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THE CHIMNEY SWIFT
EVERY kind of bird is adapted to get its living in a particular way. It is strong in some respects, and weak in others. Some birds have powerful legs, but can hardly fly; others live on the wing, and can hardly walk. Of these flying birds none is more common than the chimney swift, or, as he is improperly called, the chimney swallow. No one ever saw him sitting on a perch or walking on the ground. In fact, his wings are so long, and his legs so short and weak, that if he were to alight on the ground, he would probably never be able to rise into the air again.
He hardly seems to need a description, and yet I suppose that many persons, not to say people in general, do not know him from a swallow. His color is sooty brown, turning to gray on the throat. His body, as he is seen in the air, is shaped like a bobbin, bluntly pointed at both ends. If he is carefully watched, however, it will be noticed that he spreads his tail for an instant whenever he changes suddenly the direction of his flight. In other words, he uses his tail as a rudder.
He shoots about the sky at a tremendous speed, much of the time sailing, with his long, narrow wings firmly set, and is especially lively and noisy toward nightfall. Very commonly two or three of the birds fly side by side, cackling merrily and acting very much as if they were amusing themselves with some kind of game.
They feed on the wing, and have wide, gaping mouths perfectly adapted to that purpose.
As their name implies, they build their nests and pass the night mostly in chimneys, although in the wilder parts of the country they still inhabit hollow trees. Numbers of pairs live together in a colony.
One of the chimneys of a certain house near the Charles River, in Newton, Massachusetts, has for many years been a favorite resort of swifts. I have many times visited the place to watch the birds go to roost. Little by little they gather in a flock, as twilight comes on, and then for an hour or more the whole company, hundreds in number, go sweeping over the valley in broad circles, having the chimney for a centre. Gradually the circles become narrower, and at the same time the excitement of the flock increases. Again and again the birds approach the chimney, as if they meant to descend into it. Then away they shoot for another round.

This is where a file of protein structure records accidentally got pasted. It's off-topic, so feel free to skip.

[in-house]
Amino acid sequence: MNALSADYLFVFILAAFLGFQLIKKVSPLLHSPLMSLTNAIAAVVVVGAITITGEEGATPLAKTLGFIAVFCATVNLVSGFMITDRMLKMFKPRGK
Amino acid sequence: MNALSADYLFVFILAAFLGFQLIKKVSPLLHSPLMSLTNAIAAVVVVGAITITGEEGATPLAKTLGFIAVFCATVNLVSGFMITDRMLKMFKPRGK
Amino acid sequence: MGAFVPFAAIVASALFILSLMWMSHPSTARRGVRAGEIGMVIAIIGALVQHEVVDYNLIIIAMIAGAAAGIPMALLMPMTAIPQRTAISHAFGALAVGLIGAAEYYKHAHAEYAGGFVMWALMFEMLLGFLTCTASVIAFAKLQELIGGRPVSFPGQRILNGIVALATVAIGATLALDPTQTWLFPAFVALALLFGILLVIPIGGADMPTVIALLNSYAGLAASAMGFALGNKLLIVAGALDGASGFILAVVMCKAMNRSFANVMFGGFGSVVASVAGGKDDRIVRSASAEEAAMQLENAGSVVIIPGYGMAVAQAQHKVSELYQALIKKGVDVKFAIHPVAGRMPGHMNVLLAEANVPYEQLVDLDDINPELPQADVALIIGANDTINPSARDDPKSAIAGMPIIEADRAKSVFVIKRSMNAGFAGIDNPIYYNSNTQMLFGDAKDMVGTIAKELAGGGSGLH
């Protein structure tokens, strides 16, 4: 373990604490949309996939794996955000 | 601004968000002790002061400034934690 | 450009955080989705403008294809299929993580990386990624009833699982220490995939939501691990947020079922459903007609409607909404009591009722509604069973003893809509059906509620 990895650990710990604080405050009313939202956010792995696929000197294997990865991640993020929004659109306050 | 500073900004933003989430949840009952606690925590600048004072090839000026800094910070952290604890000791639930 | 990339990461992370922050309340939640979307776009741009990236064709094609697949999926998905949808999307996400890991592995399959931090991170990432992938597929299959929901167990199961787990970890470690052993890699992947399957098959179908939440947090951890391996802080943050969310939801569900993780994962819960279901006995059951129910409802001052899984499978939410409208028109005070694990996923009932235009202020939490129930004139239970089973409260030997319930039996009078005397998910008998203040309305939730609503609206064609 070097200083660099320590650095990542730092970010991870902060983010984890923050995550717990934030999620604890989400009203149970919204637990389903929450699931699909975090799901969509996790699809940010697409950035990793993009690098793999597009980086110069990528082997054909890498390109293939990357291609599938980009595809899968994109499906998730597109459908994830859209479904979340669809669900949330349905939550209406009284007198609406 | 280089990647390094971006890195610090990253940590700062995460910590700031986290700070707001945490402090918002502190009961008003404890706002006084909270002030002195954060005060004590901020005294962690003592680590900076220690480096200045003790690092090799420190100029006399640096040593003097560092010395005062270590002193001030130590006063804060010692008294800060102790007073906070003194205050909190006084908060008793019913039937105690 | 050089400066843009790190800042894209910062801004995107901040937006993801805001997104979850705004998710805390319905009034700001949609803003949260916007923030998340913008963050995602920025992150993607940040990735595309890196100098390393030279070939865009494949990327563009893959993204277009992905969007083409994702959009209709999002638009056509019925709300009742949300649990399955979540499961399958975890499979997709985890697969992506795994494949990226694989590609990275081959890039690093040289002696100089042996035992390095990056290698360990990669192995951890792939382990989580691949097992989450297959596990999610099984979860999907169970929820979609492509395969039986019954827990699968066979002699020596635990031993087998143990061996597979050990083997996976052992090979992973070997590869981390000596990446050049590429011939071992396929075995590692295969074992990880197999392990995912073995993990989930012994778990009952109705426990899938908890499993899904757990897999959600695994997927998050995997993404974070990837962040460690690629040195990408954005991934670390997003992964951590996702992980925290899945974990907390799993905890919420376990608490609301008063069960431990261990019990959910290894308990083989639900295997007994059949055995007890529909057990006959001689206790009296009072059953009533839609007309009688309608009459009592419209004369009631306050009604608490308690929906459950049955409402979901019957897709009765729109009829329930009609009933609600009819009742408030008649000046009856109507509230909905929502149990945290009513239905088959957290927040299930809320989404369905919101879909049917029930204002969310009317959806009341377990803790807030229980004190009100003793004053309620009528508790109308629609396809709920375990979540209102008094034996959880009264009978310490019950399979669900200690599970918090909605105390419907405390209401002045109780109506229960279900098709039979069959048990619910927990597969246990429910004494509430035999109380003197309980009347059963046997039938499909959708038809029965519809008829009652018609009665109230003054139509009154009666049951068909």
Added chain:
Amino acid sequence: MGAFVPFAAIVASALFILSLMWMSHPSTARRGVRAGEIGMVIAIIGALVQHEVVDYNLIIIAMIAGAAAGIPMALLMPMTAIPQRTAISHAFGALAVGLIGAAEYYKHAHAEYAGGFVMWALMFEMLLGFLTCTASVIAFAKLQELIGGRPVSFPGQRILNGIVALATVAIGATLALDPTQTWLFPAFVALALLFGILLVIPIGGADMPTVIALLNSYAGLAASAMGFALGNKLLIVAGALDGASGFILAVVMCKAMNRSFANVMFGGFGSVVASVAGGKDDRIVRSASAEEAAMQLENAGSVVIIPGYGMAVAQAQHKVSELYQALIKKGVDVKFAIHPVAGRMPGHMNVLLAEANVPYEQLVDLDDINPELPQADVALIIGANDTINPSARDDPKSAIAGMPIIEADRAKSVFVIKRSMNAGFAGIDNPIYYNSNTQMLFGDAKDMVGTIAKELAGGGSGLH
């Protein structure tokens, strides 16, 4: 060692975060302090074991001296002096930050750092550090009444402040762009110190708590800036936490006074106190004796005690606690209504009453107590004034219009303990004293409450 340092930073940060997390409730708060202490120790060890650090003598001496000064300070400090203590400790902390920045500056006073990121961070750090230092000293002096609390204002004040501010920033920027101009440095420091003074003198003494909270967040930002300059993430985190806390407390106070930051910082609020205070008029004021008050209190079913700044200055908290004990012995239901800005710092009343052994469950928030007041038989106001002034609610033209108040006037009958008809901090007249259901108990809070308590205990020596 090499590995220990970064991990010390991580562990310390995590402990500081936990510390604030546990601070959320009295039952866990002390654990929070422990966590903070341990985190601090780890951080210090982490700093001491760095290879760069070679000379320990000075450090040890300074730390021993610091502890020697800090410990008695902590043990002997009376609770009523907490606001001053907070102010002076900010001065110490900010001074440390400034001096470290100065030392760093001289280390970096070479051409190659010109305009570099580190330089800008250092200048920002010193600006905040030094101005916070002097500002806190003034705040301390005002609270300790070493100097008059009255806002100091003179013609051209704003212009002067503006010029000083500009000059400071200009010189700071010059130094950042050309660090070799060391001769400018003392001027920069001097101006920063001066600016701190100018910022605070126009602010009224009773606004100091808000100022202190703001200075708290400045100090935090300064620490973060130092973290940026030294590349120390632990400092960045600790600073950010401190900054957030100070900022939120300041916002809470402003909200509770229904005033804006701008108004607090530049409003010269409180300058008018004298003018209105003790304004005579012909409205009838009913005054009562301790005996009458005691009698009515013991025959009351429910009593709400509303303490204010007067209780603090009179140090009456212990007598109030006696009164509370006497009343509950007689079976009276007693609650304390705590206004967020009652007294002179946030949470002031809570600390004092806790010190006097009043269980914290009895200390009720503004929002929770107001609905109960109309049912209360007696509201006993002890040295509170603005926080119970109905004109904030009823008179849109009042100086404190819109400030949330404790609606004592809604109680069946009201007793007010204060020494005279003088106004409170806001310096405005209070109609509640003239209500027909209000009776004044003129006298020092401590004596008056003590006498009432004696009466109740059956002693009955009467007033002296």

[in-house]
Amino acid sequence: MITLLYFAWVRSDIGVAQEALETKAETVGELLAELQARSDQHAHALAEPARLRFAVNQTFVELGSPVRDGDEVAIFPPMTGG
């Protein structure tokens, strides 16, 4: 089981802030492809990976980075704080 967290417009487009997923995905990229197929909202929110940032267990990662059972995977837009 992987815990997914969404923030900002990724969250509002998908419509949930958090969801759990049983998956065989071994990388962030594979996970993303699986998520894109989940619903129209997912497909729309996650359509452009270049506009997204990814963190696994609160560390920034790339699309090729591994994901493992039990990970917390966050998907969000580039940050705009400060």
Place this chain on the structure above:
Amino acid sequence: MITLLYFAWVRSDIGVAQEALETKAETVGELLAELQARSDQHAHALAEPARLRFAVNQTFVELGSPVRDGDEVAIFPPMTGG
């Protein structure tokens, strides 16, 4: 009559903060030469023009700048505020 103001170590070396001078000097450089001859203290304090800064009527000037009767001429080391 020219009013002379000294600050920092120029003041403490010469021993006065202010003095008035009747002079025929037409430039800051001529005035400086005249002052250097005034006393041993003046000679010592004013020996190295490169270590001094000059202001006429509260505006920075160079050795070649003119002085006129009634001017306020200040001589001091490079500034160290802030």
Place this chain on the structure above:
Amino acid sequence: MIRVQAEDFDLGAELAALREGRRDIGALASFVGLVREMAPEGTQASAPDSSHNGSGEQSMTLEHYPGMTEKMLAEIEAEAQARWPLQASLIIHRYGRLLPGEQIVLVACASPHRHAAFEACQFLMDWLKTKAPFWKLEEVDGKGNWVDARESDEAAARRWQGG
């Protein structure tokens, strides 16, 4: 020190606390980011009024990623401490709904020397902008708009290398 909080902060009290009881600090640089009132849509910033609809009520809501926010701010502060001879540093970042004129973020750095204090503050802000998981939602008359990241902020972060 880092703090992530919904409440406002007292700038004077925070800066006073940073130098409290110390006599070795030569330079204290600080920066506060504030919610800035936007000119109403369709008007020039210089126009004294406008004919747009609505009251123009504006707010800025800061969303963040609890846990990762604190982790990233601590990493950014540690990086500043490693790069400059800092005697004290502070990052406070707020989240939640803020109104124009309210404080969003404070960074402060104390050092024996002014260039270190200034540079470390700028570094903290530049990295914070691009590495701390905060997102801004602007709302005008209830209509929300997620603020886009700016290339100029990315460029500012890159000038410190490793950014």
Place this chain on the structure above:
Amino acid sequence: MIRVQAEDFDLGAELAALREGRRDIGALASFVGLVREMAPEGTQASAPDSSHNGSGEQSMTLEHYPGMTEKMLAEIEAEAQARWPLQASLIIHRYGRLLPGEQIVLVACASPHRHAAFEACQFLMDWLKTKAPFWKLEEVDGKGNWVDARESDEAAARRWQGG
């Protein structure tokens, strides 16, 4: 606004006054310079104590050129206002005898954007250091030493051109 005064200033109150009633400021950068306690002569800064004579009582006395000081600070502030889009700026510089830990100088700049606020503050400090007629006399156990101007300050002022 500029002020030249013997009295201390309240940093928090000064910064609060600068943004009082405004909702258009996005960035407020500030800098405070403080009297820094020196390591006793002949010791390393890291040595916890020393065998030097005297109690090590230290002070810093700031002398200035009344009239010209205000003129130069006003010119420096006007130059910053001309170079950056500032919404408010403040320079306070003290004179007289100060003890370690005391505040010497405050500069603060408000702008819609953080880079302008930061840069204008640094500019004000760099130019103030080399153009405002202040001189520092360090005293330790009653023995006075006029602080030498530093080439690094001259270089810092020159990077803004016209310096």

At length the going to roost actually begins. Half a dozen or a dozen of the birds drop one by one into the chimney. The rest sweep away, and when they come back, a second detachment drops in. And so the lively performance goes on till the last straggler folds his wings above the big black cavity and tumbles headlong out of sight.
The swift makes his nest of twigs, and as he cannot alight on the ground in search of them, he is compelled to gather them from the dead limbs of trees. Over and over again you will see the bird dart against such a limb, catching at a twig as he pauses for the merest instant be fore it. It is difficult to be sure whether he succeeds or not, his movements are so rapid, but it is certain that he must often fail. However, he acts upon the old motto, “Try, try again,” and in course of time the nest is built. And an extremely pretty nest it is, with the white eggs in it, the black twigs glued firmly together with the bird’s own saliva.